Bearcats women staying positive after loss to No. 3 UConn

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By Ashley Davis/Special to

Whether catching up over dinner or a friendly hug after pregame introductions, Jamelle Elliott knows she will always have Connecticut head coach Geno Auriemma as a support system. As both a former player and assistant to Auriemma, Elliott also knows what to expect when her Cincinnati Bearcats (8-11, 0-6) play his UConn Huskies. And that is a stifling defense and a high-scoring offense.

It's why she chose instead to focus on the small victories rather than the 67-31 loss to the third-ranked Huskies (18-1, 5-1) Saturday at Fifth Third Arena.

UConnWomen.jpgElliott gave her team two goals coming out of a 41-9 halftime deficit. She wanted them to limit UConn's offensive rebound total and their turnover total to four.

The team responded to the challenge by only giving up two offensive rebounds and turning the ball over exactly four times in the second half.

"You just got to try to simplify things as much as possible and allow them to go out there and still compete, play hard and achieve realistic goals," Elliott said. "They did that tonight."

Another goal was not to let the Huskies score any back-door layups. Elliott wanted her team to make their defenders shoot the ball from
the outside.

"Talking small victories, I don't think we gave up a back-door layup," she said.
Elliott was pleased with how her younger players played. She stressed the importance of getting them needed experience against an elite team like UConn.

"Jasmine (Whitefield) went out there, she hit a couple shots; Shelbi (Chandler) was able to go out there and bang with the post players a little bit," she said. "Alexi Durley was a little more aggressive and she wasn't watching the action like she's been doing the last couple days. They didn't roll over and die."

However, it's no secret the Bearcats are struggling offensively and UConn, ranked number one in field goal percentage defense in the Big East, did not help UC's offensive woes.

In the first half, they shot 3-24 from the field, going without a point for almost 11 minutes and didn't score another field goal until Hollins made a jump shot at the beginning of the second half.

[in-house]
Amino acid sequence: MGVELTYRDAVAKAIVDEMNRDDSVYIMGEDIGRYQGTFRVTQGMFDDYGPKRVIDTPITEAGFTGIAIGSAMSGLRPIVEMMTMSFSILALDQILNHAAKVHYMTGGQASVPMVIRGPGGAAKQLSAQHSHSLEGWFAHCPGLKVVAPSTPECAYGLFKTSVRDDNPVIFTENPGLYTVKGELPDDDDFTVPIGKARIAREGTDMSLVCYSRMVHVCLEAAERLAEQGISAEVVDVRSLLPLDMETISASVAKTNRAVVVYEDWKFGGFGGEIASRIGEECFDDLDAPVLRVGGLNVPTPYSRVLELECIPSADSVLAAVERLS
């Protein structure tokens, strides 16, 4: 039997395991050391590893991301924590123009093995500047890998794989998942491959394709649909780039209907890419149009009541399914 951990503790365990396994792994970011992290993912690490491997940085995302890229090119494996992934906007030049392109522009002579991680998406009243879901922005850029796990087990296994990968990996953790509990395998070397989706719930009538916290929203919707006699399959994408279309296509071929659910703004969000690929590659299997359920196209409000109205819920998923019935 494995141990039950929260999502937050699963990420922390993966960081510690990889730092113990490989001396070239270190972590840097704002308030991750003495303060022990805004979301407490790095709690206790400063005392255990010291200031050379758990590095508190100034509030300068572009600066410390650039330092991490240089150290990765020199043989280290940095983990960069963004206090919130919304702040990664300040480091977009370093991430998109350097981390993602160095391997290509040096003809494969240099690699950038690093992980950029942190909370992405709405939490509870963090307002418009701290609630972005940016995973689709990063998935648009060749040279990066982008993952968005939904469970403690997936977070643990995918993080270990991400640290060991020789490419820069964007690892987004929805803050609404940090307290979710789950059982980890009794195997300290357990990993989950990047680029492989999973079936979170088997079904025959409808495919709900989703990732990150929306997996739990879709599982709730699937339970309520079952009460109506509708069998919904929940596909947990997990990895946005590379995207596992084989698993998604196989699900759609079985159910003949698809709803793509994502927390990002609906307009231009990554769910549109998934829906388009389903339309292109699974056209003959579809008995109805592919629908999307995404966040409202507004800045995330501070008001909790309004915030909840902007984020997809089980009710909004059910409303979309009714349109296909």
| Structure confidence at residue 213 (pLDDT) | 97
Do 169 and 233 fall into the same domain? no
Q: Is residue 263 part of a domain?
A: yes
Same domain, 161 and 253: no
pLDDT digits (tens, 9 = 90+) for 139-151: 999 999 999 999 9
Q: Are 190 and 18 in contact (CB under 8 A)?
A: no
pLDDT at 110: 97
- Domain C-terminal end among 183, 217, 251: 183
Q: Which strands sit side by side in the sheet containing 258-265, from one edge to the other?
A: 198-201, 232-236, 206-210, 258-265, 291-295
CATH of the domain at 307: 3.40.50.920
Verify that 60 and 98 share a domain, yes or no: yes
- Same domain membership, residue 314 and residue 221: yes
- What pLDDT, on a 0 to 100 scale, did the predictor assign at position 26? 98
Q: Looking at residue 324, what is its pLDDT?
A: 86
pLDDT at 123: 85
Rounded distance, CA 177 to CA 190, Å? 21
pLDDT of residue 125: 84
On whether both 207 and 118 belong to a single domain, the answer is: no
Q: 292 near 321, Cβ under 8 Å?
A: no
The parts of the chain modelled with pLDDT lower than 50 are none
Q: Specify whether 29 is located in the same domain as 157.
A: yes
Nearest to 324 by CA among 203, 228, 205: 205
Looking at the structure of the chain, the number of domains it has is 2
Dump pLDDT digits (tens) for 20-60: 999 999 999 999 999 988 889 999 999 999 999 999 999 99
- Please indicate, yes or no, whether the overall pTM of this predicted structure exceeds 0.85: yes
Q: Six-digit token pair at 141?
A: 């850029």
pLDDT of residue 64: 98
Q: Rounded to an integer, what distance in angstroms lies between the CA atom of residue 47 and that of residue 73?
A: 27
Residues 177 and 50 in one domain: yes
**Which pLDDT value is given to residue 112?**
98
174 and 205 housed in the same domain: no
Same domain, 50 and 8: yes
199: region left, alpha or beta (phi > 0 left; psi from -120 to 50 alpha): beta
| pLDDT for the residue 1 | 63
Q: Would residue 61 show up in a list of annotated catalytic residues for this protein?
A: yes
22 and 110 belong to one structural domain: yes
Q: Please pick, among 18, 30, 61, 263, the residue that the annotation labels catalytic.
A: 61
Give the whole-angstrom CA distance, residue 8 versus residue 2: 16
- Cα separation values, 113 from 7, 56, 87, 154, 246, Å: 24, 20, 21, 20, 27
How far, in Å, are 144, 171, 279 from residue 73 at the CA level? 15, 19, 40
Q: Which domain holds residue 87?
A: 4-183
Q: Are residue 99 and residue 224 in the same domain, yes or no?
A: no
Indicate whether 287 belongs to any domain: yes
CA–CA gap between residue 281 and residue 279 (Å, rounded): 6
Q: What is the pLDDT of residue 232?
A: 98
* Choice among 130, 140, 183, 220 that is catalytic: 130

When Dayeesha Hollins, undoubtedly their best player, gets in early foul trouble and doesn't score at all in the first half, their offensive production goes down dramatically. That's why it was huge when Alyesha Lovett went on a mini-offensive surge and start making some open shots. All of her team-high nine points came in the second half. Lovett's surge is one reason why Elliott's not too concerned with her team's shooting.

"We've been shooting a lot in practice and I have no doubt in my mind that we're going to bust out of this little shooting slump," she said. "The only way you're going to start making shots is if you continue to shoot them. And we're doing that."

Elliott's team may be struggling to score right now, but she has faith her team will get back on track if they keep doing the little things.
Her players remain positive about the rest of the season.

"We haven't won a game in the Big East yet, but there's still so much positivity on this team," junior guard Kayla Cook said. "There's no negative attention or emotion or anything. Everybody's on board with what we're trying to do."

Even Elliott's friend and former coach believes she can turn around the program.

"Jamelle is one of the most positive people I know," Auriemma said. "I know she will figure out a way to get them to believe as people get healthier and she continues to recruit good players. They have some really good, young players."

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